Richard Armitage: Deus Ex Machina
Ancient Greek and Roman playwrights often extricated their protagonists from sticky situations through the use of a deus ex machina, the Latin phrase for "god from a machine." Nowadays, we apply the term to any out-of-the-blue solution to a problem. Dei ex machinae -- I think that's the plural -- may satisfy a theater audience, but in real life, they're hard to swallow.
That was precisely my difficulty when former Deputy Secretary of State Richard Armitage was "revealed" in Hubris: The Inside Story of Spin, Scandal, and the Selling of the Iraq War -- the new book by the Nation's David Corn and Newsweek's Michael Isikoff -- as one of two senior administration officials who, on July 8, 2003, told Chicago Sun-Times columnist Robert Novak that Valerie Plame Wilson worked as a CIA analyst on weapons of mass destruction and that she had arranged the trip to Niger of former ambassador Joseph Wilson, who was her husband. I have no doubt that Armitage did disclose this classified information to Novak on that day, but everything else about the story (not the book itself) -- including its details, its provenance, and the reaction it has provoked -- is highly suspect.
The first red flag is that this "bombshell" is not exactly a bombshell. What is being hailed by pundits as the "poison pill" that destroys Fitzgerald's case -- the news that Armitage was the first person to reveal Mrs. Wilson's identity to Novak -- is essentially a confirmation of stories that have floated through both commercial and independent media since November of 2005, shortly after the indictment was released. Furthermore, as in-court statements by Libby's attorneys clearly indicate, they've known that the first person to leak to Novak -- "official A" in the indictment -- was Armitage all along. In addition, as the Libby defense team well knows, the trial judge has made it equally clear that possible leaks by Armitage or anyone else are irrelevant to whether or not Libby made intentional false statements.
Another reason for skepticism about the Armitage story is that it is filled with suspicious gaps and internal contradictions -- far too many to catalog. Here are only a few:
Armitage talked to Novak on July 8, 2003, two days after Wilson wrote an op-ed in the New York Times questioning President Bush's claim that Iraq had tried to acquire "yellowcake" uranium in Africa. Novak then relayed the information to Rove, who replied -- according to Novak -- "Oh, you know that too?" Novak then used this confirmation as a basis for disclosing these nuggets in a July 14th column. Yet, as the story is told in Hubris, Armitage had no idea he was Novak's source until October 1, 2003 when he read a new Novak article that described one of the leakers as "no partisan gunslinger." At that point, Armitage was allegedly pained and distressed to realize that Novak must be referring to him.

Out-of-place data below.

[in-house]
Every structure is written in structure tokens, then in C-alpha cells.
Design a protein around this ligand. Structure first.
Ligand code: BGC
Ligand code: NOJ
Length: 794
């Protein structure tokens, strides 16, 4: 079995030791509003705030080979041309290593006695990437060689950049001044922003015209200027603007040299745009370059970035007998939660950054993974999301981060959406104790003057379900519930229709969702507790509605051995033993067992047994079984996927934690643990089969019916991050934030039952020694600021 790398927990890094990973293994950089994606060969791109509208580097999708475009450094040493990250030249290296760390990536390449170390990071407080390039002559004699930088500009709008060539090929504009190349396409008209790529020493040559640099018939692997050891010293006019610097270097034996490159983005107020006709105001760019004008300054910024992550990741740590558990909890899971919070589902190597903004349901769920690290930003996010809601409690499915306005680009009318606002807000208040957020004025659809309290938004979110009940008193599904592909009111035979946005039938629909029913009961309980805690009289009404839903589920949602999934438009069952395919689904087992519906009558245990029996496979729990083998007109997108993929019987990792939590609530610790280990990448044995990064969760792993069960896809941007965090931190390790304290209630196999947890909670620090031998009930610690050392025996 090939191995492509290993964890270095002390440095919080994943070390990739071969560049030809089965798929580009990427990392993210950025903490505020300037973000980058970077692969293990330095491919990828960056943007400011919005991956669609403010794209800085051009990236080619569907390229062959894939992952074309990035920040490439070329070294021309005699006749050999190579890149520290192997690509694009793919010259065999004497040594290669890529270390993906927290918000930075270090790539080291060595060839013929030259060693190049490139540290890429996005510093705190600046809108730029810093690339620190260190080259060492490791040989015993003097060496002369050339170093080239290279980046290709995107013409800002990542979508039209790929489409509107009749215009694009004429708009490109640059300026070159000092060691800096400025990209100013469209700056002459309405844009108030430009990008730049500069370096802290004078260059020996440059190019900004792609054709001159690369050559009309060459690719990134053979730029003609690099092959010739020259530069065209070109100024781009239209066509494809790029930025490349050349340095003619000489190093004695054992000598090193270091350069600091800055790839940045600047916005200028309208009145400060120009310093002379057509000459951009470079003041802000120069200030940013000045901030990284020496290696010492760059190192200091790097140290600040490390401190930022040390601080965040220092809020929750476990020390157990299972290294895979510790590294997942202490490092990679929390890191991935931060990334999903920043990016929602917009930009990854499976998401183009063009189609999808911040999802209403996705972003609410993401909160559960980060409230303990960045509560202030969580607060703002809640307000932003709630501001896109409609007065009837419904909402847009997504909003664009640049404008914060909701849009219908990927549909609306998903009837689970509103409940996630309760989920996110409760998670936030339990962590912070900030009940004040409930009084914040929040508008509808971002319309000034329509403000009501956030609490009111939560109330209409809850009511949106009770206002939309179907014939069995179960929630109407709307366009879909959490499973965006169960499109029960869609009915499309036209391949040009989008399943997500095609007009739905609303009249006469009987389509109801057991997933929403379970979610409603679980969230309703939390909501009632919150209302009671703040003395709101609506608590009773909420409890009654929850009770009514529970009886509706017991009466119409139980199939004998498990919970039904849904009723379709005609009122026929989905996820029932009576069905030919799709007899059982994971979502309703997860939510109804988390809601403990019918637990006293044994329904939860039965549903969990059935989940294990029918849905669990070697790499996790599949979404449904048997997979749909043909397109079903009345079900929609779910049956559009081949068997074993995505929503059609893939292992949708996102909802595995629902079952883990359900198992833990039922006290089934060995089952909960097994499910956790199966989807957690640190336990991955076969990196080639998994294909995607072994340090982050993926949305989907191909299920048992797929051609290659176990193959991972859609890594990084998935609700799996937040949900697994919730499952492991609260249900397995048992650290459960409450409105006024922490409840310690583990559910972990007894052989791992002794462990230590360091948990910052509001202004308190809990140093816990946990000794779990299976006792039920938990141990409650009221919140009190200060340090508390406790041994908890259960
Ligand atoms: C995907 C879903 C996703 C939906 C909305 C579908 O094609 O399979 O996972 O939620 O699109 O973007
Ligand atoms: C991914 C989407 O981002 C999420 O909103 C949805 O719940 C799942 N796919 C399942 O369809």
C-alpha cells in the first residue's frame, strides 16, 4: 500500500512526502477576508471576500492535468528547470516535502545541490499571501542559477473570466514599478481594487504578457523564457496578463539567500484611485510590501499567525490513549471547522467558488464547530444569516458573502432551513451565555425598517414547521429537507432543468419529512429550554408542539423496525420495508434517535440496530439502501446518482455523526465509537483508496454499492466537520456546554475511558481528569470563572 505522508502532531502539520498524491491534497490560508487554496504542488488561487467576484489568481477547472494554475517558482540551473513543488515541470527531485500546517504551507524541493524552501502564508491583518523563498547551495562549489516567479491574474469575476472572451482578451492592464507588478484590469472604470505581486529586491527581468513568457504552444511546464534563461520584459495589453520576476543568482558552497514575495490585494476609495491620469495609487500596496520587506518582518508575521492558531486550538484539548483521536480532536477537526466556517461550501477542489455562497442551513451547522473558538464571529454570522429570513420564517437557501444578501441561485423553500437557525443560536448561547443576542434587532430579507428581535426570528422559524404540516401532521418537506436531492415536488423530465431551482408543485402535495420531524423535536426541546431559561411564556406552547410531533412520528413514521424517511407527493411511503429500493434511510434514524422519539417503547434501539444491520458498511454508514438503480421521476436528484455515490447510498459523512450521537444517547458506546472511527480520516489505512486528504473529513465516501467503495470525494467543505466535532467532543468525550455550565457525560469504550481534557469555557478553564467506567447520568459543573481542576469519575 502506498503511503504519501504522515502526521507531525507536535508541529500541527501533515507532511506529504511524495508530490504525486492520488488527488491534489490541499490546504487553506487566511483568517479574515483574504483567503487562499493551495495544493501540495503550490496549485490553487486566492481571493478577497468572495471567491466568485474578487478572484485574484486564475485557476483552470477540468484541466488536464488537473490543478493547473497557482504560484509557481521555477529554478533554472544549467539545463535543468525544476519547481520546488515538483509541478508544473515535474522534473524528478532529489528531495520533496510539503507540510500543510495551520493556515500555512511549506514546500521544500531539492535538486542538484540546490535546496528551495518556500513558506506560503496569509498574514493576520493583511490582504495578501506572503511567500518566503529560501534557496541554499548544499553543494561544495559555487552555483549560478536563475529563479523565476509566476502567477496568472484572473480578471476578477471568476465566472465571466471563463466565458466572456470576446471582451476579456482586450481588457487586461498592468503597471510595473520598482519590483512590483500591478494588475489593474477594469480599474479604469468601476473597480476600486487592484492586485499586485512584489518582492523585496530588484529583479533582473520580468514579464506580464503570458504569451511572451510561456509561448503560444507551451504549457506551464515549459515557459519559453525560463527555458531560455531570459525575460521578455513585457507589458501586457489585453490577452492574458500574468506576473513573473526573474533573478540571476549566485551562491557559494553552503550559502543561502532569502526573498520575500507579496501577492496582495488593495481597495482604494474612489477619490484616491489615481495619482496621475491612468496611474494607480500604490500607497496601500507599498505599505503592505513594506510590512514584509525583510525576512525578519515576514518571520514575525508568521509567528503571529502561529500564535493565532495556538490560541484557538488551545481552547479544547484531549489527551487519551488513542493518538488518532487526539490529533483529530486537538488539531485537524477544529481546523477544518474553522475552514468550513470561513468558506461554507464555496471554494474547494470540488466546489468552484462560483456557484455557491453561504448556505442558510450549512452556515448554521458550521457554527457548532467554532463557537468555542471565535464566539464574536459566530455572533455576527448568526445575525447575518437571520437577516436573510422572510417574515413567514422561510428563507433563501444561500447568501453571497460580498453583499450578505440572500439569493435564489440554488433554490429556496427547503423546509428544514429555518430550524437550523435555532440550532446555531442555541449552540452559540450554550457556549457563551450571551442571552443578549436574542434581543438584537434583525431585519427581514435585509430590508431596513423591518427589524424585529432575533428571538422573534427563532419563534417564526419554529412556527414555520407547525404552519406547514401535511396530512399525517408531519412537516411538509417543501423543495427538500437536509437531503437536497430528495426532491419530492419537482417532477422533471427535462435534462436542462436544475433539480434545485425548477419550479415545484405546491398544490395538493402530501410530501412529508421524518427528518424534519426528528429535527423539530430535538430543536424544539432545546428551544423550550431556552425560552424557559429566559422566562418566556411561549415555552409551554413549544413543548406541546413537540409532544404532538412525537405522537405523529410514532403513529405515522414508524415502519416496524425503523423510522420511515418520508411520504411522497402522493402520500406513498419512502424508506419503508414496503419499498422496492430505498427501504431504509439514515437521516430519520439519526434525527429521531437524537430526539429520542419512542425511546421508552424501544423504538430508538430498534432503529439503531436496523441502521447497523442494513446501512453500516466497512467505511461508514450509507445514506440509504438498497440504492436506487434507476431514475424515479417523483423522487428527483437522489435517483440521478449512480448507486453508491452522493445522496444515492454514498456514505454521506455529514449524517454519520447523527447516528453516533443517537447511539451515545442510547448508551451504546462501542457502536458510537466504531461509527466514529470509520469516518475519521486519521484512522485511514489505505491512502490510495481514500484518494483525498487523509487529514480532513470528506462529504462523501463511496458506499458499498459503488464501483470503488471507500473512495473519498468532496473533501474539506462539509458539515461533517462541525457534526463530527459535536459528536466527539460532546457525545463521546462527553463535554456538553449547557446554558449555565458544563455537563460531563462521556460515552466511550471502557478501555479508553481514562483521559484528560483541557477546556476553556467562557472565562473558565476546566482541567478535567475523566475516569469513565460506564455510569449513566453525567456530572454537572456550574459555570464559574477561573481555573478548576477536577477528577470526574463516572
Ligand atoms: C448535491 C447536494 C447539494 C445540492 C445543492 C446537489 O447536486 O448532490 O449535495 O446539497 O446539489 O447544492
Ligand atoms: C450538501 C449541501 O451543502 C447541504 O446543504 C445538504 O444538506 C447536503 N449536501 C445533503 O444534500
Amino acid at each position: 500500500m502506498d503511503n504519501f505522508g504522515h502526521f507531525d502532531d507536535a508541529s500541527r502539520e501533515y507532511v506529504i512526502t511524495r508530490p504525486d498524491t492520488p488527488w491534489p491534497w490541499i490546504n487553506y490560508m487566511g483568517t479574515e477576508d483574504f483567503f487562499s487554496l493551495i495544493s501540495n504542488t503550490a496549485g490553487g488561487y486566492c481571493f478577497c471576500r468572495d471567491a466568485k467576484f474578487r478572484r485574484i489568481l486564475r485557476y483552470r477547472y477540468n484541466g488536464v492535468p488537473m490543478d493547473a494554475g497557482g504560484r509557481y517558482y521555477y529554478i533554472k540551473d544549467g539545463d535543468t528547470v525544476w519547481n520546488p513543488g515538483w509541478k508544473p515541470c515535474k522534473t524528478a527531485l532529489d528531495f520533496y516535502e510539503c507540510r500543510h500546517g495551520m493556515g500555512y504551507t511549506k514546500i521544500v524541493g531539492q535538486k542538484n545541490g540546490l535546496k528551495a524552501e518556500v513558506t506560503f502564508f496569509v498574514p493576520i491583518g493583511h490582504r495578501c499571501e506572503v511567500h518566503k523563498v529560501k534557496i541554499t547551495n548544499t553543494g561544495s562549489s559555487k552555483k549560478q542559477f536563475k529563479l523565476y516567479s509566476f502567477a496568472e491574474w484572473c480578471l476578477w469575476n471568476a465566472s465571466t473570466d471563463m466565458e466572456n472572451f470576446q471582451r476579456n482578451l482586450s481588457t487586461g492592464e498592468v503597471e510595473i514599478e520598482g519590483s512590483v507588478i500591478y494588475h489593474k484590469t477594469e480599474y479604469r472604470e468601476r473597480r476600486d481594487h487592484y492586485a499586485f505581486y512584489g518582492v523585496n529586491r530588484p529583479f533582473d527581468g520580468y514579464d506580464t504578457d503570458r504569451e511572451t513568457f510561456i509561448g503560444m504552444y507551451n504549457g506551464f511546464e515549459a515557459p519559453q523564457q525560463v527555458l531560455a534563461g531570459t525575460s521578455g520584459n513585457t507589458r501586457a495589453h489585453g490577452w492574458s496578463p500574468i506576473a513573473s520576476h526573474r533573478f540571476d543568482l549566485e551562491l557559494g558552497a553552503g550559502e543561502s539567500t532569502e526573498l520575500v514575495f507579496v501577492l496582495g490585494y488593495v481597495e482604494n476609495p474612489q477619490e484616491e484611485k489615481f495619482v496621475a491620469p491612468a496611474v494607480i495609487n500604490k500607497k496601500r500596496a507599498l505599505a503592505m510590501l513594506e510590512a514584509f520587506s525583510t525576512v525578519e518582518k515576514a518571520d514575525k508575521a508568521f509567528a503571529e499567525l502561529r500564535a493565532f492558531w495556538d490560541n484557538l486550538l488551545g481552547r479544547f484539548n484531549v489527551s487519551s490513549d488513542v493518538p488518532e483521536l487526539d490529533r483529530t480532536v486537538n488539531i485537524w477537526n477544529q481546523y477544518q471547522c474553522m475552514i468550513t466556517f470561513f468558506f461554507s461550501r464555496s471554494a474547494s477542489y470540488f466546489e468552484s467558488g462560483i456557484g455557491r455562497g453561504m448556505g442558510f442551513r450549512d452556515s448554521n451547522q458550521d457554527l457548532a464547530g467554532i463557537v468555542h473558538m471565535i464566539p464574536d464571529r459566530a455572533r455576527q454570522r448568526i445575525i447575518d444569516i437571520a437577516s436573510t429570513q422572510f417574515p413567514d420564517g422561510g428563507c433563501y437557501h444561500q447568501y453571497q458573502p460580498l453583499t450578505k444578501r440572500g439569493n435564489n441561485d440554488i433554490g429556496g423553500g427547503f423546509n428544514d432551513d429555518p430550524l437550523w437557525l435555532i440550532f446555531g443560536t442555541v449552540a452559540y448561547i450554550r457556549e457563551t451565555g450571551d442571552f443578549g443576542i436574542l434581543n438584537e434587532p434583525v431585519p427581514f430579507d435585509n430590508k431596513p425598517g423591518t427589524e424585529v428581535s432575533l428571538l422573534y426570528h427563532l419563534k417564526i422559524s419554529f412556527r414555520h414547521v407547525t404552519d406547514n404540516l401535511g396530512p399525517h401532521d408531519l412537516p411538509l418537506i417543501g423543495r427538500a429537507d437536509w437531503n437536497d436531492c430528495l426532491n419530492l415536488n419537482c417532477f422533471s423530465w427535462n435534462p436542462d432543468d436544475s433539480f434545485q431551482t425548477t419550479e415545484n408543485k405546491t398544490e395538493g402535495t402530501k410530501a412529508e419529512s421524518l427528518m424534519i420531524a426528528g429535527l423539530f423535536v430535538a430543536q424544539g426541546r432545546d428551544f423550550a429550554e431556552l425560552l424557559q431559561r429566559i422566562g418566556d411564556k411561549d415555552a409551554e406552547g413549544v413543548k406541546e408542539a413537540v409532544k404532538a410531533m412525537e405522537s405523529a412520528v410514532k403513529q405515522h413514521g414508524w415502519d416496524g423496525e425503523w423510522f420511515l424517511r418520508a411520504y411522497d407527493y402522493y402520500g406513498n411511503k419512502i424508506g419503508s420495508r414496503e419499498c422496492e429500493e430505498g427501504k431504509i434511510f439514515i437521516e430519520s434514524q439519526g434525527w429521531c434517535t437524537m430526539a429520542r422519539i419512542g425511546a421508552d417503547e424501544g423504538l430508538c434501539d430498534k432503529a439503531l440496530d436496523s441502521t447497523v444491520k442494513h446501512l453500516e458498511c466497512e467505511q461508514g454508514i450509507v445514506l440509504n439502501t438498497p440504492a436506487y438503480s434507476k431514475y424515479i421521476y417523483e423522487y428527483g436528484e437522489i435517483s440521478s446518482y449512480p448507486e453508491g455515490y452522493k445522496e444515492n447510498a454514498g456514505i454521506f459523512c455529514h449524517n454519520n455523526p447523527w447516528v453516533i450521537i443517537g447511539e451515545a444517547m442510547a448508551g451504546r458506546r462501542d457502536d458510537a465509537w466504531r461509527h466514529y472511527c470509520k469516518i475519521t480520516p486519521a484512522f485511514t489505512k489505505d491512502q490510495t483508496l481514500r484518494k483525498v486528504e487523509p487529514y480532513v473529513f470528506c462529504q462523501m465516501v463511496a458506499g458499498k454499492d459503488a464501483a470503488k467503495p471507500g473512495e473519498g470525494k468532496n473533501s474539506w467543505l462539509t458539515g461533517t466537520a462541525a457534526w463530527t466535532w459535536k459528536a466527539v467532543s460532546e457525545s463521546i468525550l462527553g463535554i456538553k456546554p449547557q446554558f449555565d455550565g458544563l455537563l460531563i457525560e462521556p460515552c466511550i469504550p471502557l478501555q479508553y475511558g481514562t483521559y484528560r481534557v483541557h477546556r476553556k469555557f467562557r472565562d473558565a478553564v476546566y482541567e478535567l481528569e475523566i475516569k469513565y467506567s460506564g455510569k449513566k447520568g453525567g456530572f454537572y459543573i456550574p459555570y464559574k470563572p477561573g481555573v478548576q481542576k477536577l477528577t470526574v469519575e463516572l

Let's stop right there. A public furor about the leak had begun to simmer in mid- July, almost immediately after Novak's column appeared. Throughout August and September, the controversy had escalated into calls for an investigation. Yet Armitage claims to have been blissfully unaware that any of this brouhaha related to him. He gave not a thought to his conversation with Novak -- and apparently did not talk about the leak controversy with anyone -- not even on Friday September 26, 2003 when news broke that the CIA had asked the Justice Department to investigate the Plame leak. (Novak himself hired a lawyer on that day.)
By Monday, September 29, according to Hubris, "The Plame leak was the news consuming Washington." At the daily White House briefing, press spokesman Scott McClellan told reporters that "the President expects everyone in his administration to adhere to the highest standards of conduct. No one would be authorized to do such a thing." McClellan vouched for both Rove and the Office of the Vice President as having no involvement in the leak. Yet Armitage -- who, as Hubris reports, had told Iran-Contra investigators in 1987, "I am pretty nosy and frankly I think I've learned the lesson in a bureaucracy that the more you know, the more you can put things together." -- was reportedly completely oblivious?
After the aha! moment when Armitage realized he was the only non-partisan gunslinger in town-- so the story goes -- he immediately called his then-boss and close friend, Secretary of State Colin Powell. Both promptly called... Ken Duberstein.
Why? They insist that they were not trying to get help setting their stories straight; instead, they claim, Powell wanted his old friend "Duberdog" (as he affectionately calls him) to contact Novak and ask if Armitage was indeed his source. Why bring in Duberdog? If Armitage were genuinely surprised by this sudden revelation and truly felt he had nothing to hide, why didn't he just call Novak himself?